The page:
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Tu B'Shvat

Welcome to the Tu B'Shvat page!

Tu B’Shvat, which literally means the 15th day of the Hebrew month of Sh’vat, is known as the New Year for Trees.


In biblical times this date was the starting point for agricultural tithes and for calculating the age of trees; its modern focus is more to do with the environment and our relationship with nature.

In the 17th century, Kabbalists created a ritual for Tu B'Shvat that is similar to a Passover seder. Today, many Jews hold a modern version of the Tu B'Shvat seder each year.

This year it takes place from 27th-28th January.

Yom HaShoah

Welcome to the Yom HaShoah page.

Yom HaShoash is the Holocaust Remembrance Day and commemorates the death of 6 million Jews who perished in the Holocaust. It falls on the anniversary of the Warsaw Ghetto Uprising.

It is marked on the 27th day in the month of Nissan — a week after the seventh day of Passover, and a week before Yom Hazikaron (Memorial Day for Israel’s fallen soldiers).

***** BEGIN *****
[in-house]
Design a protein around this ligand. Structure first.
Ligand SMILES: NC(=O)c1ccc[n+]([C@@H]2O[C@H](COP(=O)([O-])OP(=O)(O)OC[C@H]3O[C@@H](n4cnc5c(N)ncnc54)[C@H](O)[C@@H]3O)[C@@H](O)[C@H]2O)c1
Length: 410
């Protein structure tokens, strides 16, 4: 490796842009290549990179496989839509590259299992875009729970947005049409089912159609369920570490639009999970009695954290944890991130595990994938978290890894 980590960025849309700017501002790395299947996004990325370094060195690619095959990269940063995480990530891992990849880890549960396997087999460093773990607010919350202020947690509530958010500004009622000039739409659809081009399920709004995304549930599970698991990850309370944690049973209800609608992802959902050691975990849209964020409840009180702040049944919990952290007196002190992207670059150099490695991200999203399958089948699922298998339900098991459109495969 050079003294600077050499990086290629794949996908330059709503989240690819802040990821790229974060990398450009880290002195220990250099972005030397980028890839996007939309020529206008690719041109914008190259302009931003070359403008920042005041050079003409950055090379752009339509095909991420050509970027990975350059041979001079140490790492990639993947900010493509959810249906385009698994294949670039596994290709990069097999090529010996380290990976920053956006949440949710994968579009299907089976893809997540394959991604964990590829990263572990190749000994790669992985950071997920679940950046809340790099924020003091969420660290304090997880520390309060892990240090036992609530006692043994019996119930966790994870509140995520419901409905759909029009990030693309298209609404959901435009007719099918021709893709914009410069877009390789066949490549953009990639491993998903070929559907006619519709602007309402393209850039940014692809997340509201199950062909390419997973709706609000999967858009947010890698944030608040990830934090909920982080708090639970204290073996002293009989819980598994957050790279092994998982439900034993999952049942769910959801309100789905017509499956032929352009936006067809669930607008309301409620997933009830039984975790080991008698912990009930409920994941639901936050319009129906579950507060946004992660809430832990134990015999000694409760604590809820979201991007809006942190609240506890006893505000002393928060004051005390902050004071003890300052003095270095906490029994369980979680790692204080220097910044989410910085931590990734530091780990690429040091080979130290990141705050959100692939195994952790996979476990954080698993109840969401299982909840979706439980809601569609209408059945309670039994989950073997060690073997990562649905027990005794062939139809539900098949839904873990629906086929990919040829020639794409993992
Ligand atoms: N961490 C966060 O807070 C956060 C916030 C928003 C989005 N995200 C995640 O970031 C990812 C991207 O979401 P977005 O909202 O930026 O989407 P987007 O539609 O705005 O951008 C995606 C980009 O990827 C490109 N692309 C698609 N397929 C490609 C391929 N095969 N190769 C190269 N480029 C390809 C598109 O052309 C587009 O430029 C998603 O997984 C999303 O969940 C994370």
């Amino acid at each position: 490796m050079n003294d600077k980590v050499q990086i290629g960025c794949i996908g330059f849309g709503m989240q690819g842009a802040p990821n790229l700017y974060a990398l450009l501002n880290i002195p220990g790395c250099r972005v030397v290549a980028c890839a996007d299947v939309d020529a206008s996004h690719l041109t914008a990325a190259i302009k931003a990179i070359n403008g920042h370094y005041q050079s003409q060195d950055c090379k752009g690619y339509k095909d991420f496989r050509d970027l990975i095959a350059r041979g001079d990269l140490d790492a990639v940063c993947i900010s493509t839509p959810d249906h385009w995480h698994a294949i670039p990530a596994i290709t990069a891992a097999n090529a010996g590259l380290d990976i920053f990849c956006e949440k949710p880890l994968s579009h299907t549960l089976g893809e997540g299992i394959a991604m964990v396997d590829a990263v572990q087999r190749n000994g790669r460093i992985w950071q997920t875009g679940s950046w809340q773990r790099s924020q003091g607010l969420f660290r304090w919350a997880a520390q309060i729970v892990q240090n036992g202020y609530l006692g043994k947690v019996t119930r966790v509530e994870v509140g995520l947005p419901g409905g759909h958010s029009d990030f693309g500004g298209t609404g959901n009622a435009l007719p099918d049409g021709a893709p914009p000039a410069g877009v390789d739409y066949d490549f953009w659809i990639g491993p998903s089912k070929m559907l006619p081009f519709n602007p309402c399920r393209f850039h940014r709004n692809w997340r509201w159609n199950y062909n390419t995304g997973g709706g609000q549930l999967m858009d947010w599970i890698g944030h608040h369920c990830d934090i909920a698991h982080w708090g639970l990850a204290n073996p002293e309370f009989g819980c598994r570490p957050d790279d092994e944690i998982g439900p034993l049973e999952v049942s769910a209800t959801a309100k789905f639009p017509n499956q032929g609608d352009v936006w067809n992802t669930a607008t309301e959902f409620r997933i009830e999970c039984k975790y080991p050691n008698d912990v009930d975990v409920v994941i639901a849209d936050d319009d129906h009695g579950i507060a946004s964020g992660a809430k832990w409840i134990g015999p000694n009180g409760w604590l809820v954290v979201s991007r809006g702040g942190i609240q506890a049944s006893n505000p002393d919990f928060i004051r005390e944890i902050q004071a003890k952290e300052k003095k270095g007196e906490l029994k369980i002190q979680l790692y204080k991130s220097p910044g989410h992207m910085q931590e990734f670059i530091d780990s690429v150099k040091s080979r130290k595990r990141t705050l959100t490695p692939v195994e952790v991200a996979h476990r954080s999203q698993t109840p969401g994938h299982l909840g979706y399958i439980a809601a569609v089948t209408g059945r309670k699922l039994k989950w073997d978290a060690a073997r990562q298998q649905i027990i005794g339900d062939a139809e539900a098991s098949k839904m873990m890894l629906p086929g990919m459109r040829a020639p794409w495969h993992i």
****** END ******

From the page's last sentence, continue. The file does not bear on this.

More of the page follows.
In 1942 the Nazis discussed "the Jewish problem" which was to exterminate every Jew living in Nazi Germany and beyond, otherwise known as the Final Solution.

Please view the gallery to see Mr Moriarty's pictures from the March of the Living trip he went on to Poland.

Nicholas Winton

Kids meet a Holocaust Survivor

Stopping Traffic in Tel Aviv

Shimon Srebrnik Testimony

The Warsaw Ghetto

Never Shall I Forget

by Elie Wiesel

Never shall I forget that night, the first night in camp, that turned my life into one long night seven times sealed. Never shall I forget that smoke. Never shall I forget the small faces of the children whose bodies I saw transformed into smoke under a silent sky. Never shall I forget those flames that consumed my faith for ever. Never shall I forget the nocturnal silence that deprived me for all eternity of the desire to live. Never shall I forget those moments that murdered my God and my soul and turned my dreams to ashes. Never shall I forget those things, even were I condemned to live as long as God Himself. Never.

Jewish Resistance to the Holocaust

Mr Rosenberg's Must See Holocaust Films


Schindler's List


The Pianist


Europa Europa


Life is Beautiful




Woman in Gold




Operation Finale





  • The boy in stripped pyjamas

  • Escape from Sobibor

  • Auschwitz

  • Last train to Auschwitz

Films to avoid

First they came for the Communists
And I did not speak out
Because I was not a Communist
Then they came for the Socialists